By Dan Wilcock
I know, I know. The drones are coming. Yet resistance is not futile. I also realize that this post may somehow be hosted by Amazon Web Services (AWS), but there’s a ghost in this machine. There may be a Chase Amazon credit card in my card wallet, but that doesn’t mean it must reduce me to penury. It can be cancelled and snipped.
In the coming year, I’ve decided to embark on a challenging (for me) adventure: sever my deep ties to Amazon.com. Flash back to the middle 00s, when I first started shopping there. What a discovery! A commercial web site with a grasp of books, movies, and music unrivaled by any library. My interests often run fairly far down the long tail—my most recent book purchase: the Diamond Sutra as translated by Red Pine. So it became my “go to” for books on Shinto, films by Kurosawa and Ozu, and music by Steve Reich. That’s probably how a lot of people started their general-consumption relationship with Amazon.com: come for the rare out of print album, but then pick up a packet of coffee because it brings the total just high enough for free shipping.
It’s curious how companies that dominate the world often hail from Seattle: Microsoft, Boeing, Starbucks, Amazon. When I first started shopping on Amazon.com, I wouldn’t have even thought to put this site that sells books, DVDs, and CDs in the same category. It was a link to self-sent care packages of books when I spent the years of winter 2006 to spring 2008 in Japan, but I didn’t imagine it would supplant Borders, and perhaps one day Barnes & Noble.
I’ve kept shopping at Amazon despite misgivings. Despite benefiting lavishly over the years from being able to buy things tax-free, I realize that Amazon wields this advantage to the destruction of community businesses across the country. I even picked up that Chase credit card, since it saves me 3% on the site. So why am I going to try to cut the cord now, given that I’ve always been able to rationalize saving money on Amazon.com in the past?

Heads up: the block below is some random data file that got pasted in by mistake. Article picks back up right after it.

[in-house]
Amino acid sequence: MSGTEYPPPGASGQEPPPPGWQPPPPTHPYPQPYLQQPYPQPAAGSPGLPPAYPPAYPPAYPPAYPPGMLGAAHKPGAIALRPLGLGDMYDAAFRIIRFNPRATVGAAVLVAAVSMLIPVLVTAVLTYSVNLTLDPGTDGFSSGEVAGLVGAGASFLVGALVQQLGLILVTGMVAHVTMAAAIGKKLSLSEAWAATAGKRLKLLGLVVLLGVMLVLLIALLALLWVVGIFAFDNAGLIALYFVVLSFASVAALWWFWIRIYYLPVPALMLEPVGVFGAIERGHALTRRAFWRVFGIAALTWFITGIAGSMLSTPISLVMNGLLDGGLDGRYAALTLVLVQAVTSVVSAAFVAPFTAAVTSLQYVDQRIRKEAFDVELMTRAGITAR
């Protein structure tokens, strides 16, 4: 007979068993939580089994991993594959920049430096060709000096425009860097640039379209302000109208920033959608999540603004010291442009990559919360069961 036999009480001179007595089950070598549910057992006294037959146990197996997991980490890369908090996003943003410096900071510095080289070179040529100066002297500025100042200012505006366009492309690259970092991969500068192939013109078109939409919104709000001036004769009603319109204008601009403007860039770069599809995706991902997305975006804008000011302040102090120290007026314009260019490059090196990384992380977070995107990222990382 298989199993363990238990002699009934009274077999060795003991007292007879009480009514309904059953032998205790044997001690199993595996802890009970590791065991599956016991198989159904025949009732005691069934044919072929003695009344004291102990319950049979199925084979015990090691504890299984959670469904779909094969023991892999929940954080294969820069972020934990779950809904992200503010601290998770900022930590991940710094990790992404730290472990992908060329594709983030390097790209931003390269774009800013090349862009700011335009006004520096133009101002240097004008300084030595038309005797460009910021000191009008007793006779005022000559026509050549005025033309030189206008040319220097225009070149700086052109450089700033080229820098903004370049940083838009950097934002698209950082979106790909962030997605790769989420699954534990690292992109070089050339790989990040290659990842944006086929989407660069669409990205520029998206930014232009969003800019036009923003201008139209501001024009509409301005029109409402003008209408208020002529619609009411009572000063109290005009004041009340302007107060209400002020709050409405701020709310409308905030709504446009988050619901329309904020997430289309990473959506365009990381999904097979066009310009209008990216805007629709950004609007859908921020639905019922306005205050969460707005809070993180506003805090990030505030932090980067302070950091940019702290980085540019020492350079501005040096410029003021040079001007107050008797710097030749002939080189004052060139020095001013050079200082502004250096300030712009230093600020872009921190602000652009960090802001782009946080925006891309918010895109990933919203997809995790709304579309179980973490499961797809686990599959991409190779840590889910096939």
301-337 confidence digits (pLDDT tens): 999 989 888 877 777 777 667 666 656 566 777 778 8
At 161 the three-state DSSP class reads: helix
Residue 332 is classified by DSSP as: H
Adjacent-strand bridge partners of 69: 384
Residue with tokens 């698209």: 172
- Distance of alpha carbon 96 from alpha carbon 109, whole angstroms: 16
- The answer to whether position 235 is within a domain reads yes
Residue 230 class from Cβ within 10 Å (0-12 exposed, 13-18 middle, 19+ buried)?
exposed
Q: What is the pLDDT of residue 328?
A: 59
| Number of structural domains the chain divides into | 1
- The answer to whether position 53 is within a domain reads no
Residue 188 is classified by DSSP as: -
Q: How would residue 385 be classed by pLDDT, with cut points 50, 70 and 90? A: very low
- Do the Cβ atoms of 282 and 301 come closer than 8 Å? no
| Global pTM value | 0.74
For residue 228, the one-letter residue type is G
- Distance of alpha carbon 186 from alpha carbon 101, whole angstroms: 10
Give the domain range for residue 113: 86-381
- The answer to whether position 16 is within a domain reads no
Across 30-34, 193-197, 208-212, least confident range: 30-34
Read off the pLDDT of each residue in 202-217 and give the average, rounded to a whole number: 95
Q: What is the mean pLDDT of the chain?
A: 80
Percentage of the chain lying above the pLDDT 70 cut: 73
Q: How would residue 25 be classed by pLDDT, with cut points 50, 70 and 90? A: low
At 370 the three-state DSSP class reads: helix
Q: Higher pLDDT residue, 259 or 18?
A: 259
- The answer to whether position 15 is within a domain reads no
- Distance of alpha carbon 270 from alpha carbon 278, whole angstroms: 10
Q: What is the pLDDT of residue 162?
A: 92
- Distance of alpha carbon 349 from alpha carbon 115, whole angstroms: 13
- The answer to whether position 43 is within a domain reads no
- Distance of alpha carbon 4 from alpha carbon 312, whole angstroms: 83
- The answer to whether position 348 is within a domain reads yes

You get a 100% discount when you don’t buy anything, and the best thing a dancing consumer can do is to stop the music.
My CD collection is curated to within an inch of perfection (yep, I’m a total Generation Xer in my fondness for compact discs) and my collection of books and films isn’t too shabby. Here in the DC area, where people are constantly dumping these items (CDs in particular) on the used/thrift/library charity market, they generally can be had for about a buck a pop. Speaking of the library, they can generally get me whatever I need in terms of mind-expansion.
Meanwhile, Amazon is readying the drones. I also imagine they are experimenting with branded 3D printers that will allow people around the world to print what they order in minutes. Amazon is here to stay, and its crafty futuristic-minded leader Jeff Bezos has created a company that can honestly claim to have changed the world.
But that doesn’t help me and my family in our quest for sustainability. We too can be crafty, and choosy about who and what we support. I may end up spending a bit more on some things, but I imagine that there will be more net savings (har har).
One of the big changes on the digital horizon is the rise of the websites that seamlessly customize themselves to your preferences and desires. Amazon is a pioneer in this space, and Rakuten, Japan’s version of Amazon, is also making moves in this direction. Coupled with the potential loss of net neutrality, which means that corporations can slant which sites you see, this trend portends even more mindless consumerism.
So I’m going to see how I do, now and throughout 2014, in resisting the urge to load up a cart on Amazon.com. I’m sure I’ll be back for an update or two on this topic, especially if I lapse. If I do, I wonder how long it will have taken.
Dec. 8, 2013, Rockville, Md.